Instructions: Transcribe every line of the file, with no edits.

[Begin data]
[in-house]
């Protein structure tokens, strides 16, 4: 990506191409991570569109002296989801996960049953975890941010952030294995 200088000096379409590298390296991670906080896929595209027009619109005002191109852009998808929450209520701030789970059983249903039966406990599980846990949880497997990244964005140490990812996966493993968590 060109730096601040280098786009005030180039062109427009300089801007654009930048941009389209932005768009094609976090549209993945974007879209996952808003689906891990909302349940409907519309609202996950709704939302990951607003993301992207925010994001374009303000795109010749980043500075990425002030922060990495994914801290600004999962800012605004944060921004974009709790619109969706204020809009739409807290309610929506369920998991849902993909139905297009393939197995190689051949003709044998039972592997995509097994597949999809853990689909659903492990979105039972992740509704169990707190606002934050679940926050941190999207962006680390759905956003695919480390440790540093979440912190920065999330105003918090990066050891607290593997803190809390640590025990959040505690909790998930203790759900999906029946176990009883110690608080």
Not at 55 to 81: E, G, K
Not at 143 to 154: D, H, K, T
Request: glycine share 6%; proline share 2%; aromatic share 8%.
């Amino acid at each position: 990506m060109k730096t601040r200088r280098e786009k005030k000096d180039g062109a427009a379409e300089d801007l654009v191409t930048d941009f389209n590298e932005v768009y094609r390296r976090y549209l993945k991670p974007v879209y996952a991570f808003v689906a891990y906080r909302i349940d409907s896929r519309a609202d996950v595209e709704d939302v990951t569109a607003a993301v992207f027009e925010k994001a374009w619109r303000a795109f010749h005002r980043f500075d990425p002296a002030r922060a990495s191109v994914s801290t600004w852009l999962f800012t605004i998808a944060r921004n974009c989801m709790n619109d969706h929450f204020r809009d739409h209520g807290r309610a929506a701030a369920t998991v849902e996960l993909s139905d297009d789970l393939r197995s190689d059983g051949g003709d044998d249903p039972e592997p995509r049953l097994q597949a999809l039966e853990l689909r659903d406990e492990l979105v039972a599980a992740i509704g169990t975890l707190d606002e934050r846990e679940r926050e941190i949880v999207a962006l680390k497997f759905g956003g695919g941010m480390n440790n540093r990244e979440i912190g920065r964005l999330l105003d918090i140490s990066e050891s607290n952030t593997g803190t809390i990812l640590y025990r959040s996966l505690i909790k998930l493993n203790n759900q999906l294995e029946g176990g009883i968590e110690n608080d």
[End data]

[in-house]
């Protein structure tokens, strides 16, 4: 990506191409991570569109002296989801996960049953975890941010952030294995 200088000096379409590298390296991670906080896929595209027009619109005002191109852009998808929450209520701030789970059983249903039966406990599980846990949880497997990244964005140490990812996966493993968590 060109730096601040280098786009005030180039062109427009300089801007654009930048941009389209932005768009094609976090549209993945974007879209996952808003689906891990909302349940409907519309609202996950709704939302990951607003993301992207925010994001374009303000795109010749980043500075990425002030922060990495994914801290600004999962800012605004944060921004974009709790619109969706204020809009739409807290309610929506369920998991849902993909139905297009393939197995190689051949003709044998039972592997995509097994597949999809853990689909659903492990979105039972992740509704169990707190606002934050679940926050941190999207962006680390759905956003695919480390440790540093979440912190920065999330105003918090990066050891607290593997803190809390640590025990959040505690909790998930203790759900999906029946176990009883110690608080």
Not at 55 to 81: E, G, K
Not at 143 to 154: D, H, K, T
Request: glycine share 6%; proline share 2%; aromatic share 8%.
């Amino acid at each position: 990506m060109k730096t601040r200088r280098e786009k005030k000096d180039g062109a427009a379409e300089d801007l654009v191409t930048d941009f389209n590298e932005v768009y094609r390296r976090y549209l993945k991670p974007v879209y996952a991570f808003v689906a891990y906080r909302i349940d409907s896929r519309a609202d996950v595209e709704d939302v990951t569109a607003a993301v992207f027009e925010k994001a374009w619109r303000a795109f010749h005002r980043f500075d990425p002296a002030r922060a990495s191109v994914s801290t600004w852009l999962f800012t605004i998808a944060r921004n974009c989801m709790n619109d969706h929450f204020r809009d739409h209520g807290r309610a929506a701030a369920t998991v849902e996960l993909s139905d297009d789970l393939r197995s190689d059983g051949g003709d044998d249903p039972e592997p995509r049953l097994q597949a999809l039966e853990l689909r659903d406990e492990l979105v039972a599980a992740i509704g169990t975890l707190d606002e934050r846990e679940r926050e941190i949880v999207a962006l680390k497997f759905g956003g695919g941010m480390n440790n540093r990244e979440i912190g920065r964005l999330l105003d918090i140490s990066e050891s607290n952030t593997g803190t809390i990812l640590y025990r959040s996966l505690i909790k998930l493993n203790n759900q999906l294995e029946g176990g009883i968590e110690n608080d």